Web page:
Art &Technology
- Pop Art - Hamilton

As a young man Richard Hamilton worked in advertising and commercial art and he is best known for his montages featuring scenes from the fields of advertisement and contemporary life, notably "Just what is it that makes today's homes so different, so appealing?" This photomontage, which was displayed blown-up to life-size at the entrance to the exhibition "This is Tomorrow" held at the Whitechapel Art Gallery in London in 1956, is sometimes considered to be the first Pop art work.

Richard Hamilton. 1956

Fig.: Richard Hamilton: "Just what is it that makes today's homes so different, so appealing?"
26 x 25 cm, 1956

The label 'Father of British Pop Art' reflects Richard Hamilton's pre-eminence in the field of contemporary modern arts. Designer of the Beatles 'White Album' cover, his distinguished career features numerous landmark achievements that include retrospective exhibitions in the Tate Gallery.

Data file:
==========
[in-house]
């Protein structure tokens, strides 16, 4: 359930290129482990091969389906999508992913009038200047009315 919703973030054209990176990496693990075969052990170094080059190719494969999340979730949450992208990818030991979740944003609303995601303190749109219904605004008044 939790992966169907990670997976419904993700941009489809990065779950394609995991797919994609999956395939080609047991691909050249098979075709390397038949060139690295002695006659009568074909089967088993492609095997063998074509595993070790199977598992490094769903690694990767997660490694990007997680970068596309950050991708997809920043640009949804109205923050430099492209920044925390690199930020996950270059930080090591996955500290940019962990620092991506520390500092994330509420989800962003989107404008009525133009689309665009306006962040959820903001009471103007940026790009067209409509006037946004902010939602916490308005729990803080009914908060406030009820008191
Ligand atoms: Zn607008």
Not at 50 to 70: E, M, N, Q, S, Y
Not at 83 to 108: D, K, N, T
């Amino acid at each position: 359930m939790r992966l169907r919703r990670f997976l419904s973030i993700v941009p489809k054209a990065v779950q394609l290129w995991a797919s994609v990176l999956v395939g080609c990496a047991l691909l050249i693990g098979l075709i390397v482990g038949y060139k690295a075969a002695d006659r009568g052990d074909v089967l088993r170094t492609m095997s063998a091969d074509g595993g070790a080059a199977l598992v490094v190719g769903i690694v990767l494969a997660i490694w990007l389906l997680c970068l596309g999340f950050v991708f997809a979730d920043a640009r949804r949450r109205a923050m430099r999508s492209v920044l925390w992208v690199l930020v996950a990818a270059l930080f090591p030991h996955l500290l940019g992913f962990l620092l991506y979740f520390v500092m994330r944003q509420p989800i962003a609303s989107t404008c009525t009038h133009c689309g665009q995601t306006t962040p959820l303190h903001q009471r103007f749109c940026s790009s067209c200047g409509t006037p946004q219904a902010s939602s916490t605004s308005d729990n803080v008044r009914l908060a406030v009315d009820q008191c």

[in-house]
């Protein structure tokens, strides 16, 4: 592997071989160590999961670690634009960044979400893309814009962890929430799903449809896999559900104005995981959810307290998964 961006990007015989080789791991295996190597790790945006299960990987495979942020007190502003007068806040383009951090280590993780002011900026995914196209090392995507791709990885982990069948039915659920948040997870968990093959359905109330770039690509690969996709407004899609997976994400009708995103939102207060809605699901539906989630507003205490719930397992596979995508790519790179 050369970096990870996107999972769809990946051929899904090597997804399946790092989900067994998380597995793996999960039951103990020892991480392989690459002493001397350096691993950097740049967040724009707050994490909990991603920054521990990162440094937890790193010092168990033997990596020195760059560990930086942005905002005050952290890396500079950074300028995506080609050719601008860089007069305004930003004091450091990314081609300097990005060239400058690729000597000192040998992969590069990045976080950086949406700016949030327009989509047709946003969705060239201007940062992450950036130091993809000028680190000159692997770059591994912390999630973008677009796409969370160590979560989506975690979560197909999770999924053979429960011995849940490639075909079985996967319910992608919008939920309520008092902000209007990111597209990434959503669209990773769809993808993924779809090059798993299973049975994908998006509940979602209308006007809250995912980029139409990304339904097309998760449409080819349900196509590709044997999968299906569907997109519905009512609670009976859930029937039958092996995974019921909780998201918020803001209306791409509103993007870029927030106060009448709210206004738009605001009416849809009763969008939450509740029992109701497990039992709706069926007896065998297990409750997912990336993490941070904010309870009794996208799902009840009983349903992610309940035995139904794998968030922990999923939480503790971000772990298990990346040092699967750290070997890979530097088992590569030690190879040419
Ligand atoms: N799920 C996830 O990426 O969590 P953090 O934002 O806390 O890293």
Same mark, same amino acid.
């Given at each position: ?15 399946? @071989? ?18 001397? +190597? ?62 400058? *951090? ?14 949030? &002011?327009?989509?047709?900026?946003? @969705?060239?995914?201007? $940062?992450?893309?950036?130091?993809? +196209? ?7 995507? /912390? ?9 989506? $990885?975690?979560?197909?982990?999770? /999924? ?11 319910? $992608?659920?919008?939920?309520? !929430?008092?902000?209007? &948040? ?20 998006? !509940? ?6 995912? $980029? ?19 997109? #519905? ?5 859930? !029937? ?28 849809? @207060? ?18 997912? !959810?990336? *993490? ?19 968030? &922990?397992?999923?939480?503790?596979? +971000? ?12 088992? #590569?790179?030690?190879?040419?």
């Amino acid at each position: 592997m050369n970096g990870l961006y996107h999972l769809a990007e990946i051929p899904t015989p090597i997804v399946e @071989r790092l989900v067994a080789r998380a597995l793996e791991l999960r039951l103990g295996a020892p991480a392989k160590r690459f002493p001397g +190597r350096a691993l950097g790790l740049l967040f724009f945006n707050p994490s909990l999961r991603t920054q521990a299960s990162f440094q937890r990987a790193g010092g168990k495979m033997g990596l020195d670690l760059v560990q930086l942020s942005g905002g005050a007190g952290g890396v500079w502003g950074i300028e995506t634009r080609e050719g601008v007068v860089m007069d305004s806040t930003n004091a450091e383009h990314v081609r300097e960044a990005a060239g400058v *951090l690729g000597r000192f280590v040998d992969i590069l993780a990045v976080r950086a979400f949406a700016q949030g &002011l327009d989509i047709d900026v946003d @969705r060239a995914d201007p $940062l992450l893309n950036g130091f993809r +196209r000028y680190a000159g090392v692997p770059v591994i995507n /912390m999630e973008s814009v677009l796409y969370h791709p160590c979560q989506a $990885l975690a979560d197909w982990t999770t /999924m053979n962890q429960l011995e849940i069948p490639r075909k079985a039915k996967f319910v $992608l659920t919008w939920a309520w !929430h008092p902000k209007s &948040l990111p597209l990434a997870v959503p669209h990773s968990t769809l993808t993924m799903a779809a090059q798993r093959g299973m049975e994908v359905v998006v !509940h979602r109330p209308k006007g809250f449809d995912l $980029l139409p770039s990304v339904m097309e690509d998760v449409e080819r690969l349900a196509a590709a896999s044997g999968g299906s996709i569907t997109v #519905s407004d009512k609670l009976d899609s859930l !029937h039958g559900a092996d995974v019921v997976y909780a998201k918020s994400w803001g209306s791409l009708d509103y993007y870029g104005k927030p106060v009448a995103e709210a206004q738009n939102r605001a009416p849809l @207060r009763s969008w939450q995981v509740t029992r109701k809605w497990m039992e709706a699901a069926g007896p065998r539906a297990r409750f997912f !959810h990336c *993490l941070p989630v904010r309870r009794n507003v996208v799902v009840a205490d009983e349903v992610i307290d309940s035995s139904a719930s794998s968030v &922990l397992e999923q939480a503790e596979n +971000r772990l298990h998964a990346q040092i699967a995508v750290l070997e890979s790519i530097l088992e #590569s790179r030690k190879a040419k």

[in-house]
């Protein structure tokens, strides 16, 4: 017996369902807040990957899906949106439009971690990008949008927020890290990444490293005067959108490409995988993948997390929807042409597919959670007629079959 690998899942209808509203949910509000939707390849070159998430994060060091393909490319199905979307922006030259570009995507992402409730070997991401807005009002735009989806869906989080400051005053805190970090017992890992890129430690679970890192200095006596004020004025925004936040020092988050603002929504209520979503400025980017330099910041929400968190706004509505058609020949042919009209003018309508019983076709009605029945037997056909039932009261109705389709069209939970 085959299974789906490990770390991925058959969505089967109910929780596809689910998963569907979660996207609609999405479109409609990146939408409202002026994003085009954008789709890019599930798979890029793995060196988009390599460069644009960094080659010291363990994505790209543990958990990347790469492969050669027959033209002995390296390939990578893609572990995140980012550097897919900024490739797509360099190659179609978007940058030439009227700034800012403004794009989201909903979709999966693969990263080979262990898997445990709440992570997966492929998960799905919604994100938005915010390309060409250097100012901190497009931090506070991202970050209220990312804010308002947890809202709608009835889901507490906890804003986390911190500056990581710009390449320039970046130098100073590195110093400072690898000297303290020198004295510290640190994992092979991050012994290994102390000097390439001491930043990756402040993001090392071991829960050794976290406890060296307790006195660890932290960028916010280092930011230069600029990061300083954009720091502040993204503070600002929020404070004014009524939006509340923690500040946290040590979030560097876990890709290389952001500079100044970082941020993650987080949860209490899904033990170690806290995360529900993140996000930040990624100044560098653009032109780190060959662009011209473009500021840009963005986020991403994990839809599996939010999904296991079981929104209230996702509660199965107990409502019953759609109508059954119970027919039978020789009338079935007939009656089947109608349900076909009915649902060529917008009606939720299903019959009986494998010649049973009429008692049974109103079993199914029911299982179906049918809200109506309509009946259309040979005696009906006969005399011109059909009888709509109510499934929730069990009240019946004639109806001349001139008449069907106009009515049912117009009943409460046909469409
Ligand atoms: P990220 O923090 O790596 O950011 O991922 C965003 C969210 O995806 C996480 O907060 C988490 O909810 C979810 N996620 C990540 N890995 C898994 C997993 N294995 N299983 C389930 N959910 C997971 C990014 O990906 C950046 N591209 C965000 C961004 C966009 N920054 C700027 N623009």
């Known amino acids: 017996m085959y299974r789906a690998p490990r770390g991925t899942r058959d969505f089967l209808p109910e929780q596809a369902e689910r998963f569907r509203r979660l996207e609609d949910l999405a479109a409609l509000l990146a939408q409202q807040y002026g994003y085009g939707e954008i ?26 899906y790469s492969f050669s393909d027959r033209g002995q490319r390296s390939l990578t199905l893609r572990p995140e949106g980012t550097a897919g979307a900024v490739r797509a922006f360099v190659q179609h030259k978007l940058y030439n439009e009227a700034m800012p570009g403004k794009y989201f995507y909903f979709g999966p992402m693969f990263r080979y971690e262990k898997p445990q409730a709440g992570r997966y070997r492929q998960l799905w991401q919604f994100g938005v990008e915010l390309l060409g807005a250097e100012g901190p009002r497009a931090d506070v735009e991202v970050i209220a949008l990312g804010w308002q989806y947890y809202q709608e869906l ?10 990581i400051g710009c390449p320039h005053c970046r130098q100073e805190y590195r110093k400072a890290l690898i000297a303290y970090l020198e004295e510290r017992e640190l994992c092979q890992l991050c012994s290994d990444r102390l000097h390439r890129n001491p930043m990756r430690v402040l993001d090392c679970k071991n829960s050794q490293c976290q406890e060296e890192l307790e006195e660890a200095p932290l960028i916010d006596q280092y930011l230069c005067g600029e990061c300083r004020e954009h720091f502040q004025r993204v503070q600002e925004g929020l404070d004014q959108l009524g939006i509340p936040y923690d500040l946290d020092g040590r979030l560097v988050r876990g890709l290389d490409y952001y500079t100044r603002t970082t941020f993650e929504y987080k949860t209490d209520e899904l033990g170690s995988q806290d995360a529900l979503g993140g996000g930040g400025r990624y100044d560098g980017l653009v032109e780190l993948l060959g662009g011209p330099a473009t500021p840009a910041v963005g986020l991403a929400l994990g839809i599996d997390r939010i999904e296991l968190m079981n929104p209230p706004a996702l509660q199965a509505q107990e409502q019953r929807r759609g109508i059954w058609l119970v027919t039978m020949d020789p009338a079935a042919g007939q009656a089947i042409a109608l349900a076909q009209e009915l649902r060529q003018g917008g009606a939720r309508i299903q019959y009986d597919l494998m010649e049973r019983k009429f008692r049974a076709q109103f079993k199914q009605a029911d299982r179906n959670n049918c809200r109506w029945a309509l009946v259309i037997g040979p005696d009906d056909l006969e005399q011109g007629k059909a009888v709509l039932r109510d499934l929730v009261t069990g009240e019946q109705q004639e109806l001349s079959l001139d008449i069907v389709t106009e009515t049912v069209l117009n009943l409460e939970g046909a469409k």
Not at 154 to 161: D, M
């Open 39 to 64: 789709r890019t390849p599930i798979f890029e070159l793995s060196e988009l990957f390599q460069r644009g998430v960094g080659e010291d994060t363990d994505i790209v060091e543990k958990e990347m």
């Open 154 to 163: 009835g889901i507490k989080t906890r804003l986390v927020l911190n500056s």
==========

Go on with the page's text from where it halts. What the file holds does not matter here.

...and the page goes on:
The label 'Father of British Pop Art' reflects Richard Hamilton's pre-eminence in the field of contemporary modern arts. Designer of the Beatles 'White Album' cover, his distinguished career features numerous landmark achievements that include retrospective exhibitions in the Tate Gallery. Hamilton has had an influence on, among others, Peter Blake and David Hockney. He has had a distinguished career as a teacher, notably at King's College, Newcastle upon Tyne (which later became Newcastle University), 1953-66, and has organized several exhibitions, including "The Almost Complete Works of Marcel Duchamp" at the Tate Gallery, London, in 1966. An anthology of his writings, Collected Works, appeared in 1982.